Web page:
Reasons to re-elect Henry Clay Sneed


In announcing my bid for re-election as Alderman of Springfield Ward 6, I would like to start with one issue that should sum up your voting preference to re-elect Henry Clay Sneed for another term.


 Currently the Springfield City Mayor is payed $600 per month and the Aldermen are paid $350 per month.  After about 15 months on the job in the Spring of 2018, a motion was made by Alderman Harris to increase the monthly pay for the elected officials. The new pay per Alderman Harris’ motion would be $1,200 for the Mayor and $600 for the Aldermen.  The vote was swift at 6 to 1, with little debate and even less media coverage.  Henry Clay Sneed was the only one on the board to vote against it.  Was it too much?  Yes!  We only meet one day a month for about 1 to 1.5 hours.  How much do you make per hour?

Need more reasons to reelect Henry Clay Sneed?  

  • When the Roberson County Chamber of Commerce, a 501c nonprofit and recipient of hundreds of thousands of dollars in taxpayer funds over the years, refused to honor my request for the internally produced summaries of financials, I brought a lawsuit to force the issue to resolution. I had no lawyer but the Robertson County Chamber of Commerce actually hired a lawyer to keep me from seeing as a due-paying Chamber member, that the bylaws state I can view.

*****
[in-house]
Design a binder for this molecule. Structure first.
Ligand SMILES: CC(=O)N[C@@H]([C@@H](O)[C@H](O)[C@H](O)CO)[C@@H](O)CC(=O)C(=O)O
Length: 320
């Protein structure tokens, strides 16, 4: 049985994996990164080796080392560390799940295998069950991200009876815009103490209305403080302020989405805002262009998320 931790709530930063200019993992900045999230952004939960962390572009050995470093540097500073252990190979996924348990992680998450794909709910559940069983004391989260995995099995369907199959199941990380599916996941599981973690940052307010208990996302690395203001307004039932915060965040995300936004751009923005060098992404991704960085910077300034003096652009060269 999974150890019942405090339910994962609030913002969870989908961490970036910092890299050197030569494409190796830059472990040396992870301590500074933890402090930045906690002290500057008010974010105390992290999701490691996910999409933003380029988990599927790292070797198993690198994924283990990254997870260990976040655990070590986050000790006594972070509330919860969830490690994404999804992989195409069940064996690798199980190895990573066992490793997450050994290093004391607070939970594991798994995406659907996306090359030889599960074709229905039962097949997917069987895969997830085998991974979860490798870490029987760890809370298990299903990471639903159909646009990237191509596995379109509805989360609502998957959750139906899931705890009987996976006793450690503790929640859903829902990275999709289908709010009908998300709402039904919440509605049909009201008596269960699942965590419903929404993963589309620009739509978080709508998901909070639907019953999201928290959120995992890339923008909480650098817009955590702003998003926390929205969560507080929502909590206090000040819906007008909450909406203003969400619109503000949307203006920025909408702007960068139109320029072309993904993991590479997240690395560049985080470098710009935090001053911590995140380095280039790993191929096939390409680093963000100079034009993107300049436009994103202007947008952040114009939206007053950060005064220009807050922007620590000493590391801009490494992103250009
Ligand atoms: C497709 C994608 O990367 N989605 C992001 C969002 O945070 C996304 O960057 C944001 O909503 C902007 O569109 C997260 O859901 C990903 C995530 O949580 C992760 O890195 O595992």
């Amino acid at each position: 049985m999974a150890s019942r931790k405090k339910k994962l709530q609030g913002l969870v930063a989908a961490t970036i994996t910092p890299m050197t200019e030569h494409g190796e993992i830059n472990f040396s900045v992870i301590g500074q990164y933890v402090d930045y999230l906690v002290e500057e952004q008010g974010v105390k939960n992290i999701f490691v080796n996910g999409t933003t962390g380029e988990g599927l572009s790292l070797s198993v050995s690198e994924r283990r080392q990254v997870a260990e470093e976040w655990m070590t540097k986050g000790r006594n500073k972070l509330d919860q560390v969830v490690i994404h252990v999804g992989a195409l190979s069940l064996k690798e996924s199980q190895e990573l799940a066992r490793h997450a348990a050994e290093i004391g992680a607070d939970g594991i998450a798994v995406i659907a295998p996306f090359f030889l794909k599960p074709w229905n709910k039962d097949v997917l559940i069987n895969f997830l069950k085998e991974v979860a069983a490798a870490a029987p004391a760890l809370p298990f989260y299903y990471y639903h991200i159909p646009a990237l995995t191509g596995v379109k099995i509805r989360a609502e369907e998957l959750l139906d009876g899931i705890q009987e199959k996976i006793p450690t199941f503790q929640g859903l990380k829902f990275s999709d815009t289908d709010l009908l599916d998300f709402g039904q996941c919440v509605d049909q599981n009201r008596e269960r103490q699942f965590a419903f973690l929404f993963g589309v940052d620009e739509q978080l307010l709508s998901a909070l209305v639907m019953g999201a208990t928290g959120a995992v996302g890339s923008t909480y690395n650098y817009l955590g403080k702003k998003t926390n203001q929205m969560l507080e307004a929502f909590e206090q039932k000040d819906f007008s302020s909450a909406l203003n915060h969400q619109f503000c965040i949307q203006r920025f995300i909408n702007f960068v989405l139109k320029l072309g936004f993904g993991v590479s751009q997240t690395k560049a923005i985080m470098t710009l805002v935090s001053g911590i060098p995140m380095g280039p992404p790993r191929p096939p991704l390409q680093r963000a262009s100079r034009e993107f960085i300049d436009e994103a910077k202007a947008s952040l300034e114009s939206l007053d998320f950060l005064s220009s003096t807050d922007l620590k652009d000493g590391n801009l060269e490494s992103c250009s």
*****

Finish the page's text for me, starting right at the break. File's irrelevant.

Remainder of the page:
• The case was dismissed due to being filed in the General Sessions Court, which could have heard the case but was argued that it is not the proper court and should be heard in Chancery Court.  I could have re-filed there but we can all come to our conclusions about this matter.
  • I then made a motion at a City Hall meeting to require all nonprofits that are requesting to receive taxpayer donations, to submit an IRS form 4506 to allow the City to obtain a full or partial transcript of tax returns at our discretion. (This is the same form a bank sometimes requires when you get a mortgage loan.)  The measure passed with a split vote of 4 to 3 with the Mayor notably voting against it.  Months later with this rule in place, staff allowed request for funds to be considered without the required form stating that “some did not want to do this”.  A motion was made by Alderman Harris to rescind the requirement that just months earlier he voted for.  The effort to repeal worked and they got the money, therefore we cannot be sure of what it is being used for.  One nonprofit actually asked for thousands more and got it.